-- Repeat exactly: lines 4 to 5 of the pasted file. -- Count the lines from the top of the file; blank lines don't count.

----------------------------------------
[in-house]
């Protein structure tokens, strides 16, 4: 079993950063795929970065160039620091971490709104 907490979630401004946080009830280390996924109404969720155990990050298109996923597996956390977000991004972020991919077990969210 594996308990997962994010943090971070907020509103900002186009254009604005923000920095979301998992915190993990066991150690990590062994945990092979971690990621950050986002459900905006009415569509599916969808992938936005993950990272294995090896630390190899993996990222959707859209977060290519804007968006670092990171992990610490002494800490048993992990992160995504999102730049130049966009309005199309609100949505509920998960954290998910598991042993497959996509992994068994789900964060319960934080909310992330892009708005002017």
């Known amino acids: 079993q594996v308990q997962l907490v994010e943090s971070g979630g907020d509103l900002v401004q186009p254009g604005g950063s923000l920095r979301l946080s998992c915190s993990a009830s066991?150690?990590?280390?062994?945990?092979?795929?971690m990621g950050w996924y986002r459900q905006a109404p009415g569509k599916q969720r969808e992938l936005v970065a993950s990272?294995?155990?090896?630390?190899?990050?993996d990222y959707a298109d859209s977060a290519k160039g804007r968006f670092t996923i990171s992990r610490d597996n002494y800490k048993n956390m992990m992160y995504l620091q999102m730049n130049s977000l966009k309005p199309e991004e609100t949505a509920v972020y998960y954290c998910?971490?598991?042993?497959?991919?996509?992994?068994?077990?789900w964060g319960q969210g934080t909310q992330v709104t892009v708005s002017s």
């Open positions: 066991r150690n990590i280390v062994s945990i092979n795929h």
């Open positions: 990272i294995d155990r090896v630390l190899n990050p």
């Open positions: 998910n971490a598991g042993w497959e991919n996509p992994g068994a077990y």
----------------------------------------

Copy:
């Open positions: 066991r150690n990590i280390v062994s945990i092979n795929h």
């Open positions: 990272i294995d155990r090896v630390l190899n990050p």